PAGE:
Just as this enters into your own determination, so too will it enter into the determinations of potential buyers as they research homes in your area. As buyers are deterred from your area, prices will have to be lowered to attract new residents and that decrease will affect the value of your property.

Future Development
While the current economic state of your area certainly plays a role, the future value of your property is even more important as it will dictate the sale price of your property when it comes time to sell. In addition, future development can be very difficult to forecast, leading to a lot of uncertainty over how a home will fare.

There are a few things you can take into account when you try to forecast the economic future of your investment. Population statistics are available for the United States that can tell you the amount of people that have come to and left a particular area. If people are leaving, an area is likely to see an economic downturn and that can affect your property value. Your realtor can also be a good resource in this regard as time spent buying and selling properties can build up a high level of expertise in pinpointing when areas are beginning to hit a downturn.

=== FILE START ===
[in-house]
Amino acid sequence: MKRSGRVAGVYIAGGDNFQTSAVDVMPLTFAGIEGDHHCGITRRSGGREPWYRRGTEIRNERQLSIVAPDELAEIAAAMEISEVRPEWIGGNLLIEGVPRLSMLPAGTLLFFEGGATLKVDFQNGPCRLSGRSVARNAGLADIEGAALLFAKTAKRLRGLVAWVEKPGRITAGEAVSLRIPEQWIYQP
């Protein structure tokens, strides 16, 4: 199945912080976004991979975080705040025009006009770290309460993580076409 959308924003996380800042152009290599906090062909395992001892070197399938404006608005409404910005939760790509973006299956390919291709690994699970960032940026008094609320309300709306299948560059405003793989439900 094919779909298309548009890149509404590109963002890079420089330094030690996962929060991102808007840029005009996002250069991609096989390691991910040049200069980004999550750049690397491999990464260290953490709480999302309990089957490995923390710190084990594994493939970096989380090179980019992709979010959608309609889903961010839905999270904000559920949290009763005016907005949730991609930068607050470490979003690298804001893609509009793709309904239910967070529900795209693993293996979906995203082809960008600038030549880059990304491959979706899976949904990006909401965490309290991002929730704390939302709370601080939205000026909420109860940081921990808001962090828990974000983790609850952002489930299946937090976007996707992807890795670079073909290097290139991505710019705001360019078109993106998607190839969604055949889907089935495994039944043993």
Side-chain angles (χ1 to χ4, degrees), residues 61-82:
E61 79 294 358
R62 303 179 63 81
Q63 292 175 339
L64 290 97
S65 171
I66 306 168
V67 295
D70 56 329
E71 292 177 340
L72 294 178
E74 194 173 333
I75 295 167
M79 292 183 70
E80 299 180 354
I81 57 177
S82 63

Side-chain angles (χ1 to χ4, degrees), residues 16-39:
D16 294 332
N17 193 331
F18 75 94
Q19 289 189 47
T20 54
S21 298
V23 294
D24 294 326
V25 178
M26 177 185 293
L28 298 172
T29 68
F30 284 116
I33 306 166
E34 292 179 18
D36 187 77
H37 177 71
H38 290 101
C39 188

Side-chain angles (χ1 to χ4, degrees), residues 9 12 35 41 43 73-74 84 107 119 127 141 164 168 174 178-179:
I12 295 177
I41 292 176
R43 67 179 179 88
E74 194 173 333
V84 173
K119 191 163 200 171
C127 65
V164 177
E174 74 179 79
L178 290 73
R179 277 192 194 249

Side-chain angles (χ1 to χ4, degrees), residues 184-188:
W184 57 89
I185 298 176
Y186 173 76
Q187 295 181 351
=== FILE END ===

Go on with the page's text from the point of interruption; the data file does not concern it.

So, as you go through the process of choosing a new home for you and your family, keep in mind that when you pick a home, you pick its immediate neighborhood too. With the considerable amount of money you are likely to pour into a mortgage, you need to protect your investment as best you can. To do that, understanding what might be the financial future and financial present of the surrounding area can give you valuable information as you choose your new home.

Are Foreclosures Worth the Risk?